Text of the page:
My last two posts of 2019 were to share my list of firsts for the year as well as a wrap up of my travel year. They were fun posts to write. But, after the fact, they are a single succinct place to find the highlights of my year as a traveler. After writing last year’s I was sorry I hadn’t thought to do it the year before but vowed to do it every subsequent year.
I am absolutely sure you will not be surprised when I report that this year’s posts are leaner and lighter due to a lot of non-movement.
If you want to see the difference a year can make, go back and look at last year’s posts:
Word of the Year: Pandemic
Every dictionary picks a word of the year. Back in April, I predicted the word of the year would be social distancing because it was something most of us had never heard before and were suddenly using with regularity, even excess.
Merriam Webster dictionary recently declared pandemic as their word of the year. They had 11 words they deemed runners up. Here is the article if you want to read it. It’s interesting. I laughed that malarky made the list, a word often used by Joe Biden. Laughed, mostly, because it’s such fun to say.
The Oxford English Dictionary, on the other hand, declared that, much like the year, this was an unusual one in that they couldn’t settle on just one word. So, they declared it to a be “Words of an Unprecedented Year.” Their list included everything from bushfire (remember all the Australia fires we started the year off with?) to Black Lives Matter, from reopening (which we started talking about when things closed down in late March) to acquittal (after President Trump’s impeachment hearings).
But guess what also made their list? Social distancing. I feel like I should get partial credit for my prediction.
So, what does the word of the year have to do with the list of firsts?
The COVID-19 pandemic, obviously, is the reason my 2020 list of firsts is a short one. First came the stay-at-home orders followed by the closure of so many of the places I enjoy visiting in my travels (like museums, Visitors’ Centers and wineries). Then the reservations and plans I made from May through October starting falling like dominos, from state park reservations to a workamping assignment to RV rallies. For a while it felt like every time I opened my email, another cancelation notice awaited me.
It practically goes without saying that the pandemic itself was a first for me. For all of us it was a first, except for people over 100 who were around during the two-year 1918 Spanish Flu pandemic which took out 50 million people, or one-third of the population at that time.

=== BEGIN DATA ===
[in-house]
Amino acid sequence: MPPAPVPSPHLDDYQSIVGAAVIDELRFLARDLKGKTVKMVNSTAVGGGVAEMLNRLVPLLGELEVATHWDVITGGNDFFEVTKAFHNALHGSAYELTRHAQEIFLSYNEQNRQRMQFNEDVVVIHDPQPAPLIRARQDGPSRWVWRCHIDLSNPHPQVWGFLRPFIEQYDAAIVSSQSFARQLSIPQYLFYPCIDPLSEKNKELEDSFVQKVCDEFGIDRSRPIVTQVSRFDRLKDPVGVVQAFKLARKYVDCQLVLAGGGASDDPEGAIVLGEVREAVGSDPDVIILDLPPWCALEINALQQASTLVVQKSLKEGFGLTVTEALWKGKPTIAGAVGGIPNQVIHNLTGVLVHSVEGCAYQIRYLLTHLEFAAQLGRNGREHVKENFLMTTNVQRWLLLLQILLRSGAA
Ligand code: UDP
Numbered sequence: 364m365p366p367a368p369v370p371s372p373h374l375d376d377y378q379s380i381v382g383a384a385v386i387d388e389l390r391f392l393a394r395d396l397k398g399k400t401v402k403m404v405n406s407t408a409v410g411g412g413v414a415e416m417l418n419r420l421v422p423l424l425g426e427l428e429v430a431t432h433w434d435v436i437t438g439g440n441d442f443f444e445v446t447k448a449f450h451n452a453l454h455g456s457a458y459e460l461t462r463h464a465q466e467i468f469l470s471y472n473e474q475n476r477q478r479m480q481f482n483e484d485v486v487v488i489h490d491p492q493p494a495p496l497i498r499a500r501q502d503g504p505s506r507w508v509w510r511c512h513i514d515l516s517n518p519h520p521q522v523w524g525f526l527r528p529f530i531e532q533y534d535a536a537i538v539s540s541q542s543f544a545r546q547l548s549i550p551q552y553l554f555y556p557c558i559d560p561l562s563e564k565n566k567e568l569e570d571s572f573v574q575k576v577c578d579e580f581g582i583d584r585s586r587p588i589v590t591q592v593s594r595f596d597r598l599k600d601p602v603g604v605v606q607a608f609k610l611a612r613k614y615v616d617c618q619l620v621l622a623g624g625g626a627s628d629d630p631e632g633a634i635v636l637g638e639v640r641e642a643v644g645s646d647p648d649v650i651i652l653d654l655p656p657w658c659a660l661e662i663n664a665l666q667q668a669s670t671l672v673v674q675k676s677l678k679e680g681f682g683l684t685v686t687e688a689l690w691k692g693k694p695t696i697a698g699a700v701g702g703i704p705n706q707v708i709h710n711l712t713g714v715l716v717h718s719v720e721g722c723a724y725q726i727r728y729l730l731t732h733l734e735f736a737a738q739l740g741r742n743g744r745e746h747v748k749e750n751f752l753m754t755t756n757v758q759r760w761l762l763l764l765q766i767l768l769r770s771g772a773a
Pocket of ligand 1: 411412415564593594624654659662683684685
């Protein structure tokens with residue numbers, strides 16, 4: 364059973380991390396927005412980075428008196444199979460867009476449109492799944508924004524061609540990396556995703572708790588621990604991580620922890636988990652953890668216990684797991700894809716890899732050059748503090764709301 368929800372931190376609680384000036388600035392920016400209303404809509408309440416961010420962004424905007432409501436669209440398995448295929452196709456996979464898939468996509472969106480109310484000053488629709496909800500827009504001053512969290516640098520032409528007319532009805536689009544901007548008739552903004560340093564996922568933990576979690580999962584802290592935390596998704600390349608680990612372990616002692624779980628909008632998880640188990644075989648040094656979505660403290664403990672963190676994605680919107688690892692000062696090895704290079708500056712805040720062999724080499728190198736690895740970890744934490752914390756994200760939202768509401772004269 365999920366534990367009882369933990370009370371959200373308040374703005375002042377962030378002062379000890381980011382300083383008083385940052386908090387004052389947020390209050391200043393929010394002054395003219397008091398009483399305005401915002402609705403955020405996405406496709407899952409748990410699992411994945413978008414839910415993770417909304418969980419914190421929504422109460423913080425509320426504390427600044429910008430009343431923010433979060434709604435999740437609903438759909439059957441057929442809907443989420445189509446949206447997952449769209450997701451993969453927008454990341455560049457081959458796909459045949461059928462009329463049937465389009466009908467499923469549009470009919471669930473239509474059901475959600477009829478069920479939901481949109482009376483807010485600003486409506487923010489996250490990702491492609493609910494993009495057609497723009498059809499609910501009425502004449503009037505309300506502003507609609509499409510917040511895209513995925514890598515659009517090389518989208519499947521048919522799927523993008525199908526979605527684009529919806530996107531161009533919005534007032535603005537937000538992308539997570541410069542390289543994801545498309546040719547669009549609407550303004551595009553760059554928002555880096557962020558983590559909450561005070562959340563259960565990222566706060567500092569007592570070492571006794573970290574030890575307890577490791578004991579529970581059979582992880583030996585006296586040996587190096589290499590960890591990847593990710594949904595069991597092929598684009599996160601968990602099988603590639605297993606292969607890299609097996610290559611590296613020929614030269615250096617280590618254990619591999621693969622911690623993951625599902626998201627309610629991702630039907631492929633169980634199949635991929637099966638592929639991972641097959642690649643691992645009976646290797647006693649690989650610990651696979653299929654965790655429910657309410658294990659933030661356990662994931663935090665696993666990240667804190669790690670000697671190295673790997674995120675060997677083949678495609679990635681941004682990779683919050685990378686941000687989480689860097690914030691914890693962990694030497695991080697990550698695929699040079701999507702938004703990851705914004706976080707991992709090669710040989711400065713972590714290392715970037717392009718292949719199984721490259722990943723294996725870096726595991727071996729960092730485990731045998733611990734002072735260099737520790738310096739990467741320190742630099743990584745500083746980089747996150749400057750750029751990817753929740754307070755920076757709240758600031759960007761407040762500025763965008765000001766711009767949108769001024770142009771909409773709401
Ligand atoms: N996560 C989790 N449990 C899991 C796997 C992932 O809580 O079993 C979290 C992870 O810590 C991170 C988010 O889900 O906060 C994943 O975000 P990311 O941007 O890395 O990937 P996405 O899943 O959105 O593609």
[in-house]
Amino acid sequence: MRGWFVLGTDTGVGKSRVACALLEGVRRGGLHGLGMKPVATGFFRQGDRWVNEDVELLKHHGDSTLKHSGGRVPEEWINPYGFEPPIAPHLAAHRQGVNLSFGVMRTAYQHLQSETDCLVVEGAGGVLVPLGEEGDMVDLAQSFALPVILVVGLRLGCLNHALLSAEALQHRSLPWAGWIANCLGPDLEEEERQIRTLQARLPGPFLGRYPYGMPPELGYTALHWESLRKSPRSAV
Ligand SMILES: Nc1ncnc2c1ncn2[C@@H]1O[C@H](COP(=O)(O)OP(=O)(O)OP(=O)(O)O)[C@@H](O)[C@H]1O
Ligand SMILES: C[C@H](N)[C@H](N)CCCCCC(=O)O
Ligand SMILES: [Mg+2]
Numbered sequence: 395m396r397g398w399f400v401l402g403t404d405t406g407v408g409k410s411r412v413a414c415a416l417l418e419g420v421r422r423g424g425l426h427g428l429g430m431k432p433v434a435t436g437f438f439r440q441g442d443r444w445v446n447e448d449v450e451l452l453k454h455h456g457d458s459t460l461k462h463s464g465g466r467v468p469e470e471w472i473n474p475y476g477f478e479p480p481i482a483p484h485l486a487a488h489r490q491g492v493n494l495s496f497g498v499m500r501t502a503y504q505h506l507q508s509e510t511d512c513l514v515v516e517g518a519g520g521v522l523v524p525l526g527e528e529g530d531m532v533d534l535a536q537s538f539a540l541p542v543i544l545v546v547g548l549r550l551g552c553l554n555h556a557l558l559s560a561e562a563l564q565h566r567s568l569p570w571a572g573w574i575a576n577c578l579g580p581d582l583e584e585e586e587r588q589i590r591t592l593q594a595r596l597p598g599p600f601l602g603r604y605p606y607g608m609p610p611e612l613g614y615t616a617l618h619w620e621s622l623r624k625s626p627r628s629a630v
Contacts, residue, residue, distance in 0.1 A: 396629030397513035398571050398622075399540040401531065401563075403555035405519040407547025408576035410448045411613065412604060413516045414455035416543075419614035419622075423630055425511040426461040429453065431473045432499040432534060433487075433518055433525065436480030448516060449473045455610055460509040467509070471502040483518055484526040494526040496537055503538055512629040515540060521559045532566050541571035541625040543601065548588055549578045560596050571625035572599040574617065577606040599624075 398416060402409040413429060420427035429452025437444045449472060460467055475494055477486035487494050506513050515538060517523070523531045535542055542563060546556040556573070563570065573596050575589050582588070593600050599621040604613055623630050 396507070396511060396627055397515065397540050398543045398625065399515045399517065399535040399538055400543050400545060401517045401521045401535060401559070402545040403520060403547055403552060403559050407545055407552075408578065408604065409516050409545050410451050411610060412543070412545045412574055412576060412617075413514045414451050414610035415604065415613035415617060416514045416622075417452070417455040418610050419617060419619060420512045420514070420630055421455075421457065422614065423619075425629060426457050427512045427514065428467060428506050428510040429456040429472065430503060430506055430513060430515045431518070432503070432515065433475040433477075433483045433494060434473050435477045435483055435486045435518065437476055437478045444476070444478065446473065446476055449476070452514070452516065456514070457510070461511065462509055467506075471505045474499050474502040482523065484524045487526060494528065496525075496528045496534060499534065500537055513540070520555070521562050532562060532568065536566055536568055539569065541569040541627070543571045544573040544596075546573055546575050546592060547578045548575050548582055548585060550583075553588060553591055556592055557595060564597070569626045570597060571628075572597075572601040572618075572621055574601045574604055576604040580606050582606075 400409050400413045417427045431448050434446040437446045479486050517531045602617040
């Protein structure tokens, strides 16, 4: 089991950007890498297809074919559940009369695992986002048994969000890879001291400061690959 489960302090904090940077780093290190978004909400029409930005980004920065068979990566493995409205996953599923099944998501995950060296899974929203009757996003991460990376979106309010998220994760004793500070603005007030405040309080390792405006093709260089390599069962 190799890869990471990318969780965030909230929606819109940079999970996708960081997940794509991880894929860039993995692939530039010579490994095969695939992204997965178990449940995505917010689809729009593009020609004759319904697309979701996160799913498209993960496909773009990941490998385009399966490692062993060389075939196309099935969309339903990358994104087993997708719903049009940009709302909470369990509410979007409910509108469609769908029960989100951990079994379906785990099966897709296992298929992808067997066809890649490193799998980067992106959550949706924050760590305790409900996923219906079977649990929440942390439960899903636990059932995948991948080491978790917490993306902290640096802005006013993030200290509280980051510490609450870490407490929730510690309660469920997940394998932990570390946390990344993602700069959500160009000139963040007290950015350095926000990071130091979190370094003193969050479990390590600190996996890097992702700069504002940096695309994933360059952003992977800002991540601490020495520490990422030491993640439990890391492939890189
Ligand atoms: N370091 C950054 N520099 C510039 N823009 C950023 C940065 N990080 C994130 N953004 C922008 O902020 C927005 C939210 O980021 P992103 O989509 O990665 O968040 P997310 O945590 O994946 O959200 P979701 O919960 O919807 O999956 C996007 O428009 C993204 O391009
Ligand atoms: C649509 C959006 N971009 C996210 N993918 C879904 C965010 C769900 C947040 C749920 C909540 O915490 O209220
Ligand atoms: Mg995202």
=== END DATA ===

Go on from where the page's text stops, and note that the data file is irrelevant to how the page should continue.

Likewise, all the things that came with the pandemic were firsts: stay-at-home orders, wearing masks in public, social distancing, avoiding people as much as possible to reduce the risk of infection.
Okay, enough of the downer firsts. I am happy to report that the year wasn’t entirely a non-starter. Even in the year of the pandemic, I managed to experience other firsts.
Tasted for the First Time
At the RV Entrepreneur Summit at the end of March (which, after most of us had arrived was cancelled and went virtual), we had a potluck and someone shared moonshine pickles with the group. You might remember, I tried moonshine for the very first time last year. It made the 2019 list of firsts. But pickles in a moonshine brine? Nope, this was a first.
Did I like them? Hmm, not so much. Actually, I didn’t hate them. I ate what I was offered plus drank the juice. But I wouldn’t go out of my way to consume them again.
Similarly, at a distillery (also a first, but more on that in a minute), I tried green olive infused vodka. Wasn’t a big fan.
I tried spaghetti squash for the first time. Yes, I know, I kind of live a sheltered life. I wanted to try it for years but it seemed so complicated to make. It’s not. And it was great. Definitely will make it again in the future.
As well, I tried boxed wine for the first time. Now this is a little different because it’s not about the wine itself but about the receptacle. Boxed wine always struck me as inferior (cheap and trashy comes to mind) but one day when I was wander through the store isles, I came upon the boxed wine section. I talked to the clerk who said it tasted fine so I decided to give it a try. It surprised me and was really good.
And the best part? The price. Without all the glass packaging, the cost goes way down. The box I bought (Black Box brand which someone recommended) was $22 (that’s $5.50 a bottle) and the packaging said it was the equivalent to four bottles and that it would stay good for a month. Now, I shared it with two other people. It may not be realistic for me to buy for just myself (except when my wine-loving sister visits me!) but it’s good to know.
I’d never seen anything like them. They’re grapes. Even though they look like mutants, they are two-bite grapes and so delicious. Just like regular grapes. A couple of months after I tasted them I watched a cooking show and they had an ingredient called finger grapes that looked exactly like the ones I tried. So, I tasted finger grapes for the first time in 2020.
Saw for the First Time